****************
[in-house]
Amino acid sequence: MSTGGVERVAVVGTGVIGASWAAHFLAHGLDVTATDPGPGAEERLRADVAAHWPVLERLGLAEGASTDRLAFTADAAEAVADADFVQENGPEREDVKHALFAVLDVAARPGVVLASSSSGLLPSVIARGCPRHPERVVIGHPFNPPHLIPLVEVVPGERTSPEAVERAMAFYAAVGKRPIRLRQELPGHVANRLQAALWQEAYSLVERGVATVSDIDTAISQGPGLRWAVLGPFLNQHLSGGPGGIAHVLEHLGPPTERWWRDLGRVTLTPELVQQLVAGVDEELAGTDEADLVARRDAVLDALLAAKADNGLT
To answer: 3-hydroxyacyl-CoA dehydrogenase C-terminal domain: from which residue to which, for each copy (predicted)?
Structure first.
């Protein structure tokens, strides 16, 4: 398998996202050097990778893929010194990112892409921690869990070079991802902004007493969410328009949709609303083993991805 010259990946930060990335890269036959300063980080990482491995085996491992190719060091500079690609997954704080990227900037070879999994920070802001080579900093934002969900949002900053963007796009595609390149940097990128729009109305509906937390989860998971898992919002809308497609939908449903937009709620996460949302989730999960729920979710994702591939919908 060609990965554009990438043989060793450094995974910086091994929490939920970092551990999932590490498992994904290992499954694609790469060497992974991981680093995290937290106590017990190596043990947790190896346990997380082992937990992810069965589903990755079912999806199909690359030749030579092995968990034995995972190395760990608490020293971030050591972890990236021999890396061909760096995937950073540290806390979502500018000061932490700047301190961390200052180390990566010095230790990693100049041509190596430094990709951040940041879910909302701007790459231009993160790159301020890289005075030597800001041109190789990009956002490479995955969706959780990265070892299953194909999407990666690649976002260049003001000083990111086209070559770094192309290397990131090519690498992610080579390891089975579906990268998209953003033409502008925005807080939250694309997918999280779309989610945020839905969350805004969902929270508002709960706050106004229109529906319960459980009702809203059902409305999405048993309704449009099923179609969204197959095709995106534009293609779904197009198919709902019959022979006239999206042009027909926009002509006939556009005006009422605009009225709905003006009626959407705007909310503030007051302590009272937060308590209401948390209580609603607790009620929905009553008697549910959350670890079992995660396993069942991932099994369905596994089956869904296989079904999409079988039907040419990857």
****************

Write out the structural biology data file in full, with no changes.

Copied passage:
[in-house]
Amino acid sequence: MSTGGVERVAVVGTGVIGASWAAHFLAHGLDVTATDPGPGAEERLRADVAAHWPVLERLGLAEGASTDRLAFTADAAEAVADADFVQENGPEREDVKHALFAVLDVAARPGVVLASSSSGLLPSVIARGCPRHPERVVIGHPFNPPHLIPLVEVVPGERTSPEAVERAMAFYAAVGKRPIRLRQELPGHVANRLQAALWQEAYSLVERGVATVSDIDTAISQGPGLRWAVLGPFLNQHLSGGPGGIAHVLEHLGPPTERWWRDLGRVTLTPELVQQLVAGVDEELAGTDEADLVARRDAVLDALLAAKADNGLT
To answer: 3-hydroxyacyl-CoA dehydrogenase C-terminal domain: from which residue to which, for each copy (predicted)?
Structure first.
């Protein structure tokens, strides 16, 4: 398998996202050097990778893929010194990112892409921690869990070079991802902004007493969410328009949709609303083993991805 010259990946930060990335890269036959300063980080990482491995085996491992190719060091500079690609997954704080990227900037070879999994920070802001080579900093934002969900949002900053963007796009595609390149940097990128729009109305509906937390989860998971898992919002809308497609939908449903937009709620996460949302989730999960729920979710994702591939919908 060609990965554009990438043989060793450094995974910086091994929490939920970092551990999932590490498992994904290992499954694609790469060497992974991981680093995290937290106590017990190596043990947790190896346990997380082992937990992810069965589903990755079912999806199909690359030749030579092995968990034995995972190395760990608490020293971030050591972890990236021999890396061909760096995937950073540290806390979502500018000061932490700047301190961390200052180390990566010095230790990693100049041509190596430094990709951040940041879910909302701007790459231009993160790159301020890289005075030597800001041109190789990009956002490479995955969706959780990265070892299953194909999407990666690649976002260049003001000083990111086209070559770094192309290397990131090519690498992610080579390891089975579906990268998209953003033409502008925005807080939250694309997918999280779309989610945020839905969350805004969902929270508002709960706050106004229109529906319960459980009702809203059902409305999405048993309704449009099923179609969204197959095709995106534009293609779904197009198919709902019959022979006239999206042009027909926009002509006939556009005006009422605009009225709905003006009626959407705007909310503030007051302590009272937060308590209401948390209580609603607790009620929905009553008697549910959350670890079992995660396993069942991932099994369905596994089956869904296989079904999409079988039907040419990857």